Bigelow Laboratory for Ocean Sciences is a quiet neighbor in East Boothbay, barely noticed as cars drive by. But to international scientists wrestling with issues that affect our planet, it’s a big name in world-class research.
On Friday, July 19, Bigelow Laboratory invited the public in for a visit. The open house pulled in 375 adults and children from Maine and away. The four-hour event gave the public a chance to meet some of Bigelow’s 90 employees, half of them Ph.D’s, and check out scientific demonstrations and activities.
Experts in each field shared their knowledge with an enthusiastic audience and children were as keen to participate as adults, often sitting on the floor in front of the scientists as they spoke.
Visitors heard about the National Center for Marine Algae and Microbiota, the largest and most diverse collection of marine phytoplankton in the world – all part of Bigelow.
Dr. Doug Rasher described the changing characteristics of kelp forests, urchin and crab populations in coastal Maine ecosystems. He said warming water temperatures have caused the lobstering industry – which used to reach as far south as New York – to steadily shift north over the last 30 years.
The open house also offered special exhibits and experiments. Guests could take samples of the Damariscotta River and see the live plankton under a microscope. Art activities included Design-a-Plankton and Ocean Life coloring. At the dock, visitors could use research equipment like a Secchi disk and a Niskin bottle.
From its local headquarters, the non-profit research institute sends scientists around the world. Bigelow was founded in 1974 by scientists Clarice and Charles Yentsch, who wanted to start a lab built by, run by and expressly for scientists. The current building in East Boothbay replaced an earlier Juniper Point headquarters in 2012.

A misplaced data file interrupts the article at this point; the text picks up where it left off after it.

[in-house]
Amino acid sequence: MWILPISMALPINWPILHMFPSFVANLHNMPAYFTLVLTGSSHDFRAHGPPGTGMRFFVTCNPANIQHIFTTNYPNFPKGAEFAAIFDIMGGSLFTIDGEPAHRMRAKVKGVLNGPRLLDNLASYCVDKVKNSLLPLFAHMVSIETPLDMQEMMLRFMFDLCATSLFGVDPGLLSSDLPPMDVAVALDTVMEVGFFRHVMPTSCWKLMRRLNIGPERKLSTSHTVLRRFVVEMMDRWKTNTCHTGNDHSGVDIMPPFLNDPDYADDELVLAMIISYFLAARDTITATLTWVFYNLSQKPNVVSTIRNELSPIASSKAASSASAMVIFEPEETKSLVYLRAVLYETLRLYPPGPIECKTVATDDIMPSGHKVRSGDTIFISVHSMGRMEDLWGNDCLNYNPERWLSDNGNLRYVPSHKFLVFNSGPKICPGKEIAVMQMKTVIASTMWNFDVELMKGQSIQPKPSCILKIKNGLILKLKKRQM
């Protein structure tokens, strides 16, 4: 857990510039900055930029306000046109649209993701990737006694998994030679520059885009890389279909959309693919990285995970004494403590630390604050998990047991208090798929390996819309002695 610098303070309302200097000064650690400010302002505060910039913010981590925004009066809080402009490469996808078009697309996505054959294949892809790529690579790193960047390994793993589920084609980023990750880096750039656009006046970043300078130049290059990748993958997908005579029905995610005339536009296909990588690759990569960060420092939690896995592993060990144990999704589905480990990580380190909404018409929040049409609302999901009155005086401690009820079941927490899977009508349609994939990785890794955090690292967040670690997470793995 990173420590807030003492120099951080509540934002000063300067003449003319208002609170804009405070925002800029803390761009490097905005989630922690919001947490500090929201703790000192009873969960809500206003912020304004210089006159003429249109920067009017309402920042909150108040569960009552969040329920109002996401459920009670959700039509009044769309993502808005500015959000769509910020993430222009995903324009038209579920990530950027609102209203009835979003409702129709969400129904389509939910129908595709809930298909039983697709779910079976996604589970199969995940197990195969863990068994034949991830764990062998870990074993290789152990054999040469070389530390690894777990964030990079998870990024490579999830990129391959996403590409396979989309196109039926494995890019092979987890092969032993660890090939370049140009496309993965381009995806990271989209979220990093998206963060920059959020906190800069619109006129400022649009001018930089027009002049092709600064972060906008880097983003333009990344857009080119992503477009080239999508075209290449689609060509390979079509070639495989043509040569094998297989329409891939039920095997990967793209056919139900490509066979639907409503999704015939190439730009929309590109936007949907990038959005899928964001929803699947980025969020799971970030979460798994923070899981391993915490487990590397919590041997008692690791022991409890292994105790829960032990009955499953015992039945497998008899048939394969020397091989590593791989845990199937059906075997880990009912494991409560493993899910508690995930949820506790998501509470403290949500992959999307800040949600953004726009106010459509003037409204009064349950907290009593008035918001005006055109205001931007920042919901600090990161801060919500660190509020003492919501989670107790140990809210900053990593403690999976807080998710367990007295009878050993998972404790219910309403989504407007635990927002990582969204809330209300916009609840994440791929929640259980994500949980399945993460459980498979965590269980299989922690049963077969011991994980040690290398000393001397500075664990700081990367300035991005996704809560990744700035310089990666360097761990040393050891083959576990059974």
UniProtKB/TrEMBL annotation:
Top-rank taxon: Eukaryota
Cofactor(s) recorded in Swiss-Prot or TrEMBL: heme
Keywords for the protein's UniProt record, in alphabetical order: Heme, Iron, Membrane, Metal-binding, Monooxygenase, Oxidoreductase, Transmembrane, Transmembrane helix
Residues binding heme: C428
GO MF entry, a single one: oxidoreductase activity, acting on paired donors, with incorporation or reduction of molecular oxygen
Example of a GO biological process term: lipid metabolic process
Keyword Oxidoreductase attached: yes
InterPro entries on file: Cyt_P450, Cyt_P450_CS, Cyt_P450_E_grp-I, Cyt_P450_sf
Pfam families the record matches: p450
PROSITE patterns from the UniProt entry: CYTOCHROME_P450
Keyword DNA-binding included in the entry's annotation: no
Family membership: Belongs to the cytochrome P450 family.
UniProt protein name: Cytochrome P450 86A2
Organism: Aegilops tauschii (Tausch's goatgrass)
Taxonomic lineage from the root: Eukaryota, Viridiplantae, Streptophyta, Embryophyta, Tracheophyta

As CEO and President Deborah Bronk explained, Bigelow is funded primarily by grants but 20 percent of its funds come from private donors.
The organization is looking to raise $16-18 million for a new wing that will be home to its administration as well as educational programs.
The research conducted at Bigelow impacts everyday non-aquatic life. Asked for examples, Bronk spoke about Bigelow’s work to make it affordable to feed farm-raised salmon a supplement of algae to replace some of the substances currently used for color.
Another research project is looking at a way to use algae to create chemicals instead of making them in factories. And a project with potentially immense global impact is looking at ways to reduce methane from cows (a major contributor to climate change) by substituting algae for their current feed.
Communications Director Steven Profaizer summed up the importance of the research facility’s work. “Marine algae provide half of the oxygen we breathe and form the base of the entire ocean food web. While often unseen, they have a tremendous impact on everyone’s lives.”
Scientists at Bigelow spend all their time on research. According to Bronk, that creates a staff “At the top of their game.”
Asked what she hopes the hundreds of visitors learned from the open house, she replied: “A couple of facts about the ocean and that scientists are accessible and normal people.”
To arrange a tour, contact 315-2567.
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